1,300 kilometres

Last updated Dec 26 2022

1,300 and then some (edit: official tally at exactly 1337km): the amount of kilometres I ran this year. It is the second calendar year in a row in which I've tracked 1,000 or more kilometres, and I wanted to take this moment to reflect on what running has done for me.

I didn't become a runner until recently, whatever becoming a "runner" means. I spend good money on my shoes, but otherwise run in clothing that's become too stretched, too stained, and not appropriate for presentation in society. Most runners I've encountered don't dress up much either, but they do love their shoes and watches.

I began running in earnest at the onset of the COVID-19 pandemic. No doubt the pandemic had been a wake up call to my unhealthy state, which was invisible to friends and myself. Most of my problems secured away, hidden behind a fake smile, sans the obvious 40lbs of unwanted weight.

Prior to this most recent attempt, I proclaimed running was boring! I'd prefer to participate in a team sport (Ultimate Frisbee was my choice for many years). Gradually, with the growing of our young family, starting anew in the maritime city of Halifax, Canada, and being challenged by the ins and outs of each week (What crisis you have for us next, world?), finding the time and energy to participate in scheduled group activities was ... waning.

Slowly, I learned boring is good. A consistent routine where the only expectations were set by myself. This worked exceptionally well during the COVID-19 pandemic where my busy & complicated head could have a time of day to escape from ✨ everything ✨. These days, the run is a form of daily spring cleaning, helping to (re)build the integrity of my body and mind. The crippling anxiety slowly reduced, so did the dread. The world continued to throw hard balls (at all of us), and it was running which helped me not run out of gas. It offered me daily strength and re-ignited me in surprising ways. It was what I needed for my family but more importantly for myself. For the first time in a long time, I believed in myself again.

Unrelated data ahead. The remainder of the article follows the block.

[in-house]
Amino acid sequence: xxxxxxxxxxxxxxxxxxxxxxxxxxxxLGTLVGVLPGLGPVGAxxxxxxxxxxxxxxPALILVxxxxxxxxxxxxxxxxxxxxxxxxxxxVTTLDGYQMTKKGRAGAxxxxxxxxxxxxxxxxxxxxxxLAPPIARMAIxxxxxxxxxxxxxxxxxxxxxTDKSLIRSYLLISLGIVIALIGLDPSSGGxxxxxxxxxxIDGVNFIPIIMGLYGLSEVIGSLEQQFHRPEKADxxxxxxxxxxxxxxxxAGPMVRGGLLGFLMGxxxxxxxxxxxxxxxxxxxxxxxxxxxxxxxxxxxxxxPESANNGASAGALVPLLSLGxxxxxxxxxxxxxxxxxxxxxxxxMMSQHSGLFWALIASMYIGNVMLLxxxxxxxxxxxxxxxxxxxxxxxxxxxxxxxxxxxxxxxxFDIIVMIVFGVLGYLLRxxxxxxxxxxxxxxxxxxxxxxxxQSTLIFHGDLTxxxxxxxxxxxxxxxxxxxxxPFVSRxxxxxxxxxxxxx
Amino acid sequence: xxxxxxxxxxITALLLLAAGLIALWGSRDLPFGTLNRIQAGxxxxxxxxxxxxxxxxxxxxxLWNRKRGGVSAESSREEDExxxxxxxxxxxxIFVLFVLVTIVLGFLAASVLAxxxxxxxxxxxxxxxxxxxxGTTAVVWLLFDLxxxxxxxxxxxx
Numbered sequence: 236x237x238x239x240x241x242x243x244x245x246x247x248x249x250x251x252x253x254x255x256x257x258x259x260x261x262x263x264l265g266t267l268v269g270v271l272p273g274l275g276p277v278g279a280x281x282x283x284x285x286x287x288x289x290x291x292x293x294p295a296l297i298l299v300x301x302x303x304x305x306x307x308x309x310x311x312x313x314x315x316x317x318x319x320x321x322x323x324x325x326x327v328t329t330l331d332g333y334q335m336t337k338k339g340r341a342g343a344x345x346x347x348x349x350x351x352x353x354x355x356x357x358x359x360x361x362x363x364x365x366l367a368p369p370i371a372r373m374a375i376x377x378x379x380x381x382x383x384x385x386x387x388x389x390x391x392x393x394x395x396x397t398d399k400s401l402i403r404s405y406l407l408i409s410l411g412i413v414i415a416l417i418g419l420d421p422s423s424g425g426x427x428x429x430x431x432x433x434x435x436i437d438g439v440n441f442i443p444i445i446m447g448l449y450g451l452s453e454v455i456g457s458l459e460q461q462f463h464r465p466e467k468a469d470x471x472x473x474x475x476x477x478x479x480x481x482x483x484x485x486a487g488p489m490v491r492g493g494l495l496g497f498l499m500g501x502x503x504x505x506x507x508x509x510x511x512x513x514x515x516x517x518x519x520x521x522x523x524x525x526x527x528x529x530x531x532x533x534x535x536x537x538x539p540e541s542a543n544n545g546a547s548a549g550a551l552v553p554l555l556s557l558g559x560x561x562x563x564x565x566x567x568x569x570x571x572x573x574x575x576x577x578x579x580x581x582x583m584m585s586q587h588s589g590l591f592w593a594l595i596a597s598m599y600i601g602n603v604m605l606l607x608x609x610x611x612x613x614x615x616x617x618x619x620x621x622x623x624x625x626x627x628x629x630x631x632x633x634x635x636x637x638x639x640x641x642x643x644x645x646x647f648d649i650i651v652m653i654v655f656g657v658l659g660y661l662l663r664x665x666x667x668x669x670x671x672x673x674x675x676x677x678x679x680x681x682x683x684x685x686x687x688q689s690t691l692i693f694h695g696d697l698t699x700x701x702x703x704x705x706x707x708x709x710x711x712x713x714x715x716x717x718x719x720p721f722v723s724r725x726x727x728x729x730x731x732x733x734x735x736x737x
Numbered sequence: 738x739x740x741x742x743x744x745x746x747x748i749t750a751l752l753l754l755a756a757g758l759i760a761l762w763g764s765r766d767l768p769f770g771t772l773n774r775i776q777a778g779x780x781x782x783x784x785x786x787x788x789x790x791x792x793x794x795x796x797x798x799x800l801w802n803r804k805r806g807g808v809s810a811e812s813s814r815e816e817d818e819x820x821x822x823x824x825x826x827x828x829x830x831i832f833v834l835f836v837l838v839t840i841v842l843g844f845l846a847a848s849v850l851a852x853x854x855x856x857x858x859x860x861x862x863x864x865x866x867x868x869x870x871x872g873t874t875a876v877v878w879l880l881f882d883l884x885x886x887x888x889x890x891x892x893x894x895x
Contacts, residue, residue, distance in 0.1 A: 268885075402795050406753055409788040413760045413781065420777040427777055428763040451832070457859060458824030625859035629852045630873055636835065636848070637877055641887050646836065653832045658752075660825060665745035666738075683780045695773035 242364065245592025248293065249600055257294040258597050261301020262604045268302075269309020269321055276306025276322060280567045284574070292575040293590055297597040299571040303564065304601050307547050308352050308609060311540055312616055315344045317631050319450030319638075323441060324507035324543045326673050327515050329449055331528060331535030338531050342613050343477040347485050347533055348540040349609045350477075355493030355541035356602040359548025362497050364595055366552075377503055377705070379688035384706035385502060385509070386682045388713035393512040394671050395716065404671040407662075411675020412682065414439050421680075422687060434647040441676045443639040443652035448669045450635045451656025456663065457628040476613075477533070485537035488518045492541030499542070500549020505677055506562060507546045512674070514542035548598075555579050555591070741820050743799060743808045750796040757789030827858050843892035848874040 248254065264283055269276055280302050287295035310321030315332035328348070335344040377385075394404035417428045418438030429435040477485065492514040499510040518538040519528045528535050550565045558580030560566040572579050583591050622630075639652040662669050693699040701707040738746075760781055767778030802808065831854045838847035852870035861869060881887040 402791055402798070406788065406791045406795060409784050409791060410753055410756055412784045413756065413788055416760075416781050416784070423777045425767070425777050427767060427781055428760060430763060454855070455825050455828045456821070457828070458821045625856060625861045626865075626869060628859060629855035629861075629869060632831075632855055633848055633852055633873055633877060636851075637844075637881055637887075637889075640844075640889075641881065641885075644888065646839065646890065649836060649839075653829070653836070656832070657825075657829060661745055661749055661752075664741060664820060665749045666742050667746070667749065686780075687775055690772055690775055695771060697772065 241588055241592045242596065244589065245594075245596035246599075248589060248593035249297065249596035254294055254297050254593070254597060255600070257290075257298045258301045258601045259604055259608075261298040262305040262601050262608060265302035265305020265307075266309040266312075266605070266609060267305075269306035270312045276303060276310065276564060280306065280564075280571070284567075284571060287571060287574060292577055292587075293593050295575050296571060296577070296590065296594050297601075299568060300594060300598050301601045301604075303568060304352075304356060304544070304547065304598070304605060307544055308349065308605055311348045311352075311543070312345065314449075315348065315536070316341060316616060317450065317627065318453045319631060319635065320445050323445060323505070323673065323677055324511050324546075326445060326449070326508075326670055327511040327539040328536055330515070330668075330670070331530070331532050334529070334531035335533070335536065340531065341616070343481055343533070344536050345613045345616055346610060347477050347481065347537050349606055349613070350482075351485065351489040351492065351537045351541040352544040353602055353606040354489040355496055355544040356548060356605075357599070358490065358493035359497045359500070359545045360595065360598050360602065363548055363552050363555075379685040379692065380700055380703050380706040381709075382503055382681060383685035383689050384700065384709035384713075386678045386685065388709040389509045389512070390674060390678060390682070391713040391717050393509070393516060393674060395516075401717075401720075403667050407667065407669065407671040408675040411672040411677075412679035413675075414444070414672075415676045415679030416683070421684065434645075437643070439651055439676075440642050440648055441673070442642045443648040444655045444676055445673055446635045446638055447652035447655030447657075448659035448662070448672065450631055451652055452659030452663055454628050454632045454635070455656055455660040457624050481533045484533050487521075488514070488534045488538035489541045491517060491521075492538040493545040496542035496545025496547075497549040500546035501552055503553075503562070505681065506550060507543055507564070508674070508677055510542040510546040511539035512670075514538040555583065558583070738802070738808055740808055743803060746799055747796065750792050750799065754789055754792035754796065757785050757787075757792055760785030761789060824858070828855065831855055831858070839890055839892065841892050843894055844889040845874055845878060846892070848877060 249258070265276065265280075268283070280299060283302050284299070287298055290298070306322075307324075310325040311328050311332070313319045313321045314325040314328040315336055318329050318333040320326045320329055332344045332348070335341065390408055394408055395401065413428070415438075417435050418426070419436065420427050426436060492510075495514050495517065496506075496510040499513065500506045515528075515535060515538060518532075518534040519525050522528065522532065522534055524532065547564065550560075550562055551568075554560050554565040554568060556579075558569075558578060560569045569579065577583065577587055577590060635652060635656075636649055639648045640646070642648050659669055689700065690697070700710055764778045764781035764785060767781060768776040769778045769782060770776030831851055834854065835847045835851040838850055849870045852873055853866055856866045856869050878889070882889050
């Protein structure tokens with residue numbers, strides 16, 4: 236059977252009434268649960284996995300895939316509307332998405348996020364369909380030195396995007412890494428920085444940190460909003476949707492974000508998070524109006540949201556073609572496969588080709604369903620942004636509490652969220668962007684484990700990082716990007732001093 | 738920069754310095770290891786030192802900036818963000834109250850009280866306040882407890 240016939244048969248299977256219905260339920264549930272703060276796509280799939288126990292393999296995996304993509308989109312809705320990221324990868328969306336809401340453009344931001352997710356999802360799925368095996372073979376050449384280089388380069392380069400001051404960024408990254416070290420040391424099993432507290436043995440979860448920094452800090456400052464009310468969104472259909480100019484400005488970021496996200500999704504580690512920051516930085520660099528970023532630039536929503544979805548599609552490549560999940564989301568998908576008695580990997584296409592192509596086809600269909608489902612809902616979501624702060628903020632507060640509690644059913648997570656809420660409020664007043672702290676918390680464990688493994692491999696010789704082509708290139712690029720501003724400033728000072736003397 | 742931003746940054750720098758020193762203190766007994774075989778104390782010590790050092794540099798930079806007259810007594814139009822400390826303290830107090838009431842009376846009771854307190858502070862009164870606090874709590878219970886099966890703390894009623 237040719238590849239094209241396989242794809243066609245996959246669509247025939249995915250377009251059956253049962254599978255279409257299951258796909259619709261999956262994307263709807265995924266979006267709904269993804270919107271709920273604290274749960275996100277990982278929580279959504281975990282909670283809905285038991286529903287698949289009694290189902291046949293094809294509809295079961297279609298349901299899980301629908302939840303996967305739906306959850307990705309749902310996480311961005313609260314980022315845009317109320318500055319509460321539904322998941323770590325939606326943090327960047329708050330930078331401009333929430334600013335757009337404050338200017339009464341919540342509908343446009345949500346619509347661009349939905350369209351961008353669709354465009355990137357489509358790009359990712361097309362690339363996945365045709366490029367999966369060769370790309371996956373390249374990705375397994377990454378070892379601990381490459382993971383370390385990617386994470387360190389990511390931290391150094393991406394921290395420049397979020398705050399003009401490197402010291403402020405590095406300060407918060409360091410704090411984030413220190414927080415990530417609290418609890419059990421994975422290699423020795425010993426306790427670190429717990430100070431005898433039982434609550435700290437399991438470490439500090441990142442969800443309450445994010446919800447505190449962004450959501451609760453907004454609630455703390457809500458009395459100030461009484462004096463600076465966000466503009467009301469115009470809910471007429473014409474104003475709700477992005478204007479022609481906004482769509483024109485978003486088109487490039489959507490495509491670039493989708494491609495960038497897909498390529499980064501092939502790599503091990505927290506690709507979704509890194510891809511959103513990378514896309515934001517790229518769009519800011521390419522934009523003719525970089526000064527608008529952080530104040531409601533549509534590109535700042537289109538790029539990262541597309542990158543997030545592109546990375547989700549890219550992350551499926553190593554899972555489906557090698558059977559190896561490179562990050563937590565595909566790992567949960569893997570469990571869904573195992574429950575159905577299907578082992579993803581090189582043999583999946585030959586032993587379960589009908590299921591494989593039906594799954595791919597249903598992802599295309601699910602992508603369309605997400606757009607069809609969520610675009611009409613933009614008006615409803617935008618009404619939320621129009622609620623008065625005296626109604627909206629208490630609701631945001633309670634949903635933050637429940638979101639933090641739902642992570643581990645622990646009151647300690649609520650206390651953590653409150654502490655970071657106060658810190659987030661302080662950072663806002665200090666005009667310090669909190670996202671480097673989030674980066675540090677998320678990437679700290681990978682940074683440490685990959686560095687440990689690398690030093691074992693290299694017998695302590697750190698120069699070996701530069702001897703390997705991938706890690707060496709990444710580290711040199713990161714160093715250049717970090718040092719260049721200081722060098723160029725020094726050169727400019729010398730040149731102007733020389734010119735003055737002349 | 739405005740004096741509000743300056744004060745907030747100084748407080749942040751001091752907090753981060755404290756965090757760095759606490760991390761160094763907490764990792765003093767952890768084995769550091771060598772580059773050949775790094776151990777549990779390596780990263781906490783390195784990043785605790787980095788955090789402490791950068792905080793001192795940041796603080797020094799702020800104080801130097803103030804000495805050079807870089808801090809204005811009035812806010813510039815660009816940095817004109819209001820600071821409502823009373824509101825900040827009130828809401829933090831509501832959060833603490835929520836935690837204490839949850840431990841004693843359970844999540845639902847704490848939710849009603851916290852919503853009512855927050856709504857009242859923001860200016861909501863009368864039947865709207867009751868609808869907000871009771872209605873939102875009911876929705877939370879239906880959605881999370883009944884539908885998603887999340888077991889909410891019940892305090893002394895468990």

The run helped solve the daily problem. This may have been as trivial as what's going on the dinner table tonight to inter-personal challenges and technical problems at work, and so on. I spend the run processing, talking to myself, and listening to others. I step through a conversation. Get into my head, and eventually, I come home. Not tired, but rested. Today's run is done.

It's not all serious, too! My runs began to include a form of public journaling where I engaged with fellow colleagues from the urbanism community of Halifax, through updates on city infrastructure, to mapping bike parking across the city, silly and simple things which at times provided me a destination. Through these runs I encountered many other runners, sharing peace signs, high fives, and smiles — a guaranteed high five coming during the worst of weather, where hardly a runner is to be spotted. I can't feel my face but heck yeah, we're out here loving every minute.

In late 2021, I encountered a post on reddit about a trail running group called the Halifax Hares. This group runs in wooded trails around Halifax and enjoys a 7-9 kilometer run each week, ending the run with some cookies and socials (sometimes at a local pub)

Running began as an anti-social activity yet it was clear engagement with others was important to me. Running with others has been an adjustment, in particular because I am terrible at small talk (thankfully, it's not hard to get into interesting conversations over a few kilometres!), and it has been the Hares which made this easier. A diverse group of friendly, motivated, and inspiring people who are always up to wild things.

Many are ultra runners. Yup, slow (usually trail) running that goes on for 50, 70, 100km. These runs happen over the course of a day, through the night, and challenge every part of the body and mind. I was most inspired by a runner who did his first 100km: He ran through day and night within Cape Breton, NS. He got deep in his head, was bit by something nasty, and he eventually saw the sun rise. Exhausted, fucked up, and happy all at once.

There is a connection here I aim to seek. A connection between the body and mind, where the running passes the threshold of physical pain. It is here where I anticipate the world can disappear and one in which I will be challenged to truly speak to myself.

That is my destination. To get there, I need to run. So, here's to 2023. 🏃